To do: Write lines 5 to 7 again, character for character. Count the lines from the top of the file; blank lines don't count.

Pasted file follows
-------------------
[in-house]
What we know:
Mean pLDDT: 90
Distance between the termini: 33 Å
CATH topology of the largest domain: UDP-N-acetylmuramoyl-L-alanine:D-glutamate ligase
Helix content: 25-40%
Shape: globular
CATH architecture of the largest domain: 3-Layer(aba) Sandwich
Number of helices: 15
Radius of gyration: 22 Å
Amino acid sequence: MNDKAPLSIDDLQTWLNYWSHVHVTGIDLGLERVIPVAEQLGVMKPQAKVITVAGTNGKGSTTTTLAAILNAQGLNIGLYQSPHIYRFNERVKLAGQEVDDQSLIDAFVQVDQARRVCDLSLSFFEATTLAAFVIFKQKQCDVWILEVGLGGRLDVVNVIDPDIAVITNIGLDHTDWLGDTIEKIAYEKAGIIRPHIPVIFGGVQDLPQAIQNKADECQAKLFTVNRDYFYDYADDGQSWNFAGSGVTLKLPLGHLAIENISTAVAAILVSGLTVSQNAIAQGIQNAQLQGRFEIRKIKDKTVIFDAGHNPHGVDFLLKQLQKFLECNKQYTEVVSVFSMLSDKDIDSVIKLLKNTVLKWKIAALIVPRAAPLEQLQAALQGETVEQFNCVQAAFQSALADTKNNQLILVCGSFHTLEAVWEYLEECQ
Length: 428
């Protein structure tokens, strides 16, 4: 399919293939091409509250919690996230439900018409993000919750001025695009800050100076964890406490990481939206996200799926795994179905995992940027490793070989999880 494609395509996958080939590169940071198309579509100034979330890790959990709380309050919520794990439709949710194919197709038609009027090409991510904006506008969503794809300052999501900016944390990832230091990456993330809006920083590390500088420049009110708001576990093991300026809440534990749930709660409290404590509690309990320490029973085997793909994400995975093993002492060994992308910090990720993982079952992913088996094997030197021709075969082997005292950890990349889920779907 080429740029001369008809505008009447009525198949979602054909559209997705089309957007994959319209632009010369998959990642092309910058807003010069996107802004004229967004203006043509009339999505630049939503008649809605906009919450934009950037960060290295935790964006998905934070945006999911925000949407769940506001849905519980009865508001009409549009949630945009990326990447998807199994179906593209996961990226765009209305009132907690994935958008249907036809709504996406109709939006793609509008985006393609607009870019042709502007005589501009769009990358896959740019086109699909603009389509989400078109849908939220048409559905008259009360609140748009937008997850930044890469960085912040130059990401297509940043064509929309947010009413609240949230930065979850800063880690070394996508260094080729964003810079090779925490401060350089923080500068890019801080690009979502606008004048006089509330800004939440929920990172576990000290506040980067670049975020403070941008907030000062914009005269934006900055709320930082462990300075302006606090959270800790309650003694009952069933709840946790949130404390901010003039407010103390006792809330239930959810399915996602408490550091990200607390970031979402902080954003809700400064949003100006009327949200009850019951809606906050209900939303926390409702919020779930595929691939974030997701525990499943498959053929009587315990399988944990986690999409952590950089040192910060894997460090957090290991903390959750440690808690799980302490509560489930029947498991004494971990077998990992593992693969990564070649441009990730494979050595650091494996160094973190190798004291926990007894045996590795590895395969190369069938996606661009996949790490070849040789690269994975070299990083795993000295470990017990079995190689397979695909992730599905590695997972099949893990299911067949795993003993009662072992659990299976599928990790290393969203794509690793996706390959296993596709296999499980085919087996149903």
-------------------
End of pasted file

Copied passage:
CATH topology of the largest domain: UDP-N-acetylmuramoyl-L-alanine:D-glutamate ligase
Helix content: 25-40%
Shape: globular